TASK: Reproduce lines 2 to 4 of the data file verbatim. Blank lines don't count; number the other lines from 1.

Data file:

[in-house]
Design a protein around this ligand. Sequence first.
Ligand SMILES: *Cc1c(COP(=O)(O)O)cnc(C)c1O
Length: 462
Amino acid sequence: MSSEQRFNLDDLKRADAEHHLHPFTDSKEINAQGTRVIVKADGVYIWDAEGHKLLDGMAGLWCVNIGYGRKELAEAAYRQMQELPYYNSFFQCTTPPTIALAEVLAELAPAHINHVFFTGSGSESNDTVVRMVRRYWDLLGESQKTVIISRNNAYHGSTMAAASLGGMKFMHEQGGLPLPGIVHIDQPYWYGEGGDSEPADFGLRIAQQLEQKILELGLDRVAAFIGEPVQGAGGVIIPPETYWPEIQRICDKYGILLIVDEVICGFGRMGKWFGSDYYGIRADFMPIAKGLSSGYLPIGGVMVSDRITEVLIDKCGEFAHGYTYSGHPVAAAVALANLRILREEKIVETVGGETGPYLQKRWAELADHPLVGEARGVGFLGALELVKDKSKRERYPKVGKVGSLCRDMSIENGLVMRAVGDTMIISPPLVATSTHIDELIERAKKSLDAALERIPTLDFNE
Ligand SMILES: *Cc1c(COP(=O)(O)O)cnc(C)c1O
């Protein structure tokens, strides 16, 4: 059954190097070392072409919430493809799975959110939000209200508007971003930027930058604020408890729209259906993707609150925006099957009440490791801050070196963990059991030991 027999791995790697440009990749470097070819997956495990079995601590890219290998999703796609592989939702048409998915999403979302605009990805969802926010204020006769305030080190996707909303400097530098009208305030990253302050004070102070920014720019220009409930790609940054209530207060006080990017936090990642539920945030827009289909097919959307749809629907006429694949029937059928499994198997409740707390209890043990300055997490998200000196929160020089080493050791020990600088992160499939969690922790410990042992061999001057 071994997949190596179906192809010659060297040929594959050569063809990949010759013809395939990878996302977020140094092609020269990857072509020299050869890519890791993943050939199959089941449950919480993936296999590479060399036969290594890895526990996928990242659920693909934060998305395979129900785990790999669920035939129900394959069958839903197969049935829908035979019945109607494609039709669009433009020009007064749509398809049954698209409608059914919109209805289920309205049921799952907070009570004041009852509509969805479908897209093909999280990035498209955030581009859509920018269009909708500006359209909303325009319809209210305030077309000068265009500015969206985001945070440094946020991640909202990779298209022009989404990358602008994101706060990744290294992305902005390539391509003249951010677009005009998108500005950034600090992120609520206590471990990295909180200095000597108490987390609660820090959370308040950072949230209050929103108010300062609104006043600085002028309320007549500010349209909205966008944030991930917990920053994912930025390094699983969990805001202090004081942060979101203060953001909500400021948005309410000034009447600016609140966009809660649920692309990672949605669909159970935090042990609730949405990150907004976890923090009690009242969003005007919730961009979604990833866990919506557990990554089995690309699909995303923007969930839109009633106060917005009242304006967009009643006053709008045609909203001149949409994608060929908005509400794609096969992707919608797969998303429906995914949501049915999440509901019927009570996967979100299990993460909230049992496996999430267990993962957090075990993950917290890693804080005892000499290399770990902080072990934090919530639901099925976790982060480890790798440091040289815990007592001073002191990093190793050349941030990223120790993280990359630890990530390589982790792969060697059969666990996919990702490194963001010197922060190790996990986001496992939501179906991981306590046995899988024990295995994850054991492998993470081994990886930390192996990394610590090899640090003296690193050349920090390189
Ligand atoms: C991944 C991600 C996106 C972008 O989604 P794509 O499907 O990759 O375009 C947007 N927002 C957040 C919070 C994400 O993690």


Design a protein around this ligand. Sequence first.
Ligand SMILES: *Cc1c(COP(=O)(O)O)cnc(C)c1O
Length: 462